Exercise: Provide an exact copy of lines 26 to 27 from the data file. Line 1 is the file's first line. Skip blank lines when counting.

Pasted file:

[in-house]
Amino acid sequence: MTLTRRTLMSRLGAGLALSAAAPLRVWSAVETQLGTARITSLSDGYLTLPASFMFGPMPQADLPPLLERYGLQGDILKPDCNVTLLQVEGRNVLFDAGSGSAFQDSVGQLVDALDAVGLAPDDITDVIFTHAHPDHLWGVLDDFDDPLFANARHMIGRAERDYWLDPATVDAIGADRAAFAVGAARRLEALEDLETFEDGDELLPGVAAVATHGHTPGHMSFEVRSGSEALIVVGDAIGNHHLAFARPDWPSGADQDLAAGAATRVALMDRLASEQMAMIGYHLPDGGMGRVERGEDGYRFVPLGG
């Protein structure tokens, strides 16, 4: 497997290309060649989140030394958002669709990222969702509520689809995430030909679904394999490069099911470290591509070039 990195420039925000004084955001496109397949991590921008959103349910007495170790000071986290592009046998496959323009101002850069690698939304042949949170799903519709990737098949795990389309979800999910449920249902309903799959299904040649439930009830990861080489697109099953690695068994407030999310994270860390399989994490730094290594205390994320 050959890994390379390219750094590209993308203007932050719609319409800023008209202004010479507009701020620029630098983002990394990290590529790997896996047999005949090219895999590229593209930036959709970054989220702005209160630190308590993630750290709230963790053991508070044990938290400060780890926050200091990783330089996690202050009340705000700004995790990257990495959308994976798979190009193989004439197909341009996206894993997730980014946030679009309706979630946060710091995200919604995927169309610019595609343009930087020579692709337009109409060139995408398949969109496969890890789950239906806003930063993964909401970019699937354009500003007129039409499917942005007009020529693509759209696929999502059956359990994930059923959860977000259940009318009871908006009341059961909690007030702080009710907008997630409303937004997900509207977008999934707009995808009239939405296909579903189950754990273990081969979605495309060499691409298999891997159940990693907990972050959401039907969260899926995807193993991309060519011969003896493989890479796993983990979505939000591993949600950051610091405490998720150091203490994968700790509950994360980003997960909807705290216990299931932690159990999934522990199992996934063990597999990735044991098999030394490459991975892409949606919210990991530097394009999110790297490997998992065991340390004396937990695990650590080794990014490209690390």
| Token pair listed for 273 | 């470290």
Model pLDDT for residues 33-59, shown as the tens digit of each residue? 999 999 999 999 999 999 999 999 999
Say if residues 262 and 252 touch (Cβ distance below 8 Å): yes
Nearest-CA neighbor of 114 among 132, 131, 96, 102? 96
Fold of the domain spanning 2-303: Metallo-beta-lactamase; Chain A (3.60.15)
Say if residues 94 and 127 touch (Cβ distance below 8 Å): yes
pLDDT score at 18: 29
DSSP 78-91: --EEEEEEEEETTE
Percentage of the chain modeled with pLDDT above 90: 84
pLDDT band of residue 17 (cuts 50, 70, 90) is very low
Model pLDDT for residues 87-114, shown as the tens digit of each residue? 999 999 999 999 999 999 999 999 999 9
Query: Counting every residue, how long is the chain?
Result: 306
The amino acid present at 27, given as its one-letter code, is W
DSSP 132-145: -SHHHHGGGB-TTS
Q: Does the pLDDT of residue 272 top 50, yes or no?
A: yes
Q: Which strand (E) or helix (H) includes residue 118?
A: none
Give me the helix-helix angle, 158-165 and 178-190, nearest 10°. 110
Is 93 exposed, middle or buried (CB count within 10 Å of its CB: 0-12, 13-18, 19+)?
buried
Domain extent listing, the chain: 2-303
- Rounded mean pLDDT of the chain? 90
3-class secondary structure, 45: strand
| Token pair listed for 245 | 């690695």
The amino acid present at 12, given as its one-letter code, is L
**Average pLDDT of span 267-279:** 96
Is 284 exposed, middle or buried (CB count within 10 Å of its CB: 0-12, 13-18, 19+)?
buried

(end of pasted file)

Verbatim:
Domain extent listing, the chain: 2-303
- Rounded mean pLDDT of the chain? 90